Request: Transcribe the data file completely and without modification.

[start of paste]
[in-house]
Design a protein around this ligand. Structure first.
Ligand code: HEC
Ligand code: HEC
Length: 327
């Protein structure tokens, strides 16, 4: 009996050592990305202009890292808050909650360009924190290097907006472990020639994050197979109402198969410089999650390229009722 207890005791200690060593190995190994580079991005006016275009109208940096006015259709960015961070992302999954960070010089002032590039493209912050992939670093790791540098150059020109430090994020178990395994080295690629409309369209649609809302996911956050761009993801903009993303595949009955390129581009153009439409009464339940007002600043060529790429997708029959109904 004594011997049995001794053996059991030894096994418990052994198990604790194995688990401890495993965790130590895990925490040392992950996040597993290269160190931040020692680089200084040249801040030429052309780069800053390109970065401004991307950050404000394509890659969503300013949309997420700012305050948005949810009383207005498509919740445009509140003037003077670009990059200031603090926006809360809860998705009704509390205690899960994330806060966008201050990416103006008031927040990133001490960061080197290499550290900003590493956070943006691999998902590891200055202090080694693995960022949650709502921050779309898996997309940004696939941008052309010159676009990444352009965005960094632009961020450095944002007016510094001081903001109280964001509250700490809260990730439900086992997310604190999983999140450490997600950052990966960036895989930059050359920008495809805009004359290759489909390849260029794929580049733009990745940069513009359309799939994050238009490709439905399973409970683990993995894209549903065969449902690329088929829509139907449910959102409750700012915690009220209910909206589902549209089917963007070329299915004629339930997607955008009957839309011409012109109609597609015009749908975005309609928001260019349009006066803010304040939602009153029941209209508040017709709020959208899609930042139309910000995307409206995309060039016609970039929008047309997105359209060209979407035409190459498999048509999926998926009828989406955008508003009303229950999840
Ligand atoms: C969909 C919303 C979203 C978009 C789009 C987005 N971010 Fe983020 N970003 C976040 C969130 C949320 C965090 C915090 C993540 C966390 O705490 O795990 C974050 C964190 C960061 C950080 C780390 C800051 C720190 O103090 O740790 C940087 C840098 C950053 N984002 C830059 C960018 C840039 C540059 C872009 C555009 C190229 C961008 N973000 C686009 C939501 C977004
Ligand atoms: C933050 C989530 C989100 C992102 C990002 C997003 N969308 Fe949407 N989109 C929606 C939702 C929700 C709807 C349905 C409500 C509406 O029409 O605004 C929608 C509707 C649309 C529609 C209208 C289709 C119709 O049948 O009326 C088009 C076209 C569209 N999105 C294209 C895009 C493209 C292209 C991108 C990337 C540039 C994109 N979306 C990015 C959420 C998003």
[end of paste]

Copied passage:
[in-house]
Design a protein around this ligand. Structure first.
Ligand code: HEC
Ligand code: HEC
Length: 327
């Protein structure tokens, strides 16, 4: 009996050592990305202009890292808050909650360009924190290097907006472990020639994050197979109402198969410089999650390229009722 207890005791200690060593190995190994580079991005006016275009109208940096006015259709960015961070992302999954960070010089002032590039493209912050992939670093790791540098150059020109430090994020178990395994080295690629409309369209649609809302996911956050761009993801903009993303595949009955390129581009153009439409009464339940007002600043060529790429997708029959109904 004594011997049995001794053996059991030894096994418990052994198990604790194995688990401890495993965790130590895990925490040392992950996040597993290269160190931040020692680089200084040249801040030429052309780069800053390109970065401004991307950050404000394509890659969503300013949309997420700012305050948005949810009383207005498509919740445009509140003037003077670009990059200031603090926006809360809860998705009704509390205690899960994330806060966008201050990416103006008031927040990133001490960061080197290499550290900003590493956070943006691999998902590891200055202090080694693995960022949650709502921050779309898996997309940004696939941008052309010159676009990444352009965005960094632009961020450095944002007016510094001081903001109280964001509250700490809260990730439900086992997310604190999983999140450490997600950052990966960036895989930059050359920008495809805009004359290759489909390849260029794929580049733009990745940069513009359309799939994050238009490709439905399973409970683990993995894209549903065969449902690329088929829509139907449910959102409750700012915690009220209910909206589902549209089917963007070329299915004629339930997607955008009957839309011409012109109609597609015009749908975005309609928001260019349009006066803010304040939602009153029941209209508040017709709020959208899609930042139309910000995307409206995309060039016609970039929008047309997105359209060209979407035409190459498999048509999926998926009828989406955008508003009303229950999840
Ligand atoms: C969909 C919303 C979203 C978009 C789009 C987005 N971010 Fe983020 N970003 C976040 C969130 C949320 C965090 C915090 C993540 C966390 O705490 O795990 C974050 C964190 C960061 C950080 C780390 C800051 C720190 O103090 O740790 C940087 C840098 C950053 N984002 C830059 C960018 C840039 C540059 C872009 C555009 C190229 C961008 N973000 C686009 C939501 C977004
Ligand atoms: C933050 C989530 C989100 C992102 C990002 C997003 N969308 Fe949407 N989109 C929606 C939702 C929700 C709807 C349905 C409500 C509406 O029409 O605004 C929608 C509707 C649309 C529609 C209208 C289709 C119709 O049948 O009326 C088009 C076209 C569209 N999105 C294209 C895009 C493209 C292209 C991108 C990337 C540039 C994109 N979306 C990015 C959420 C998003």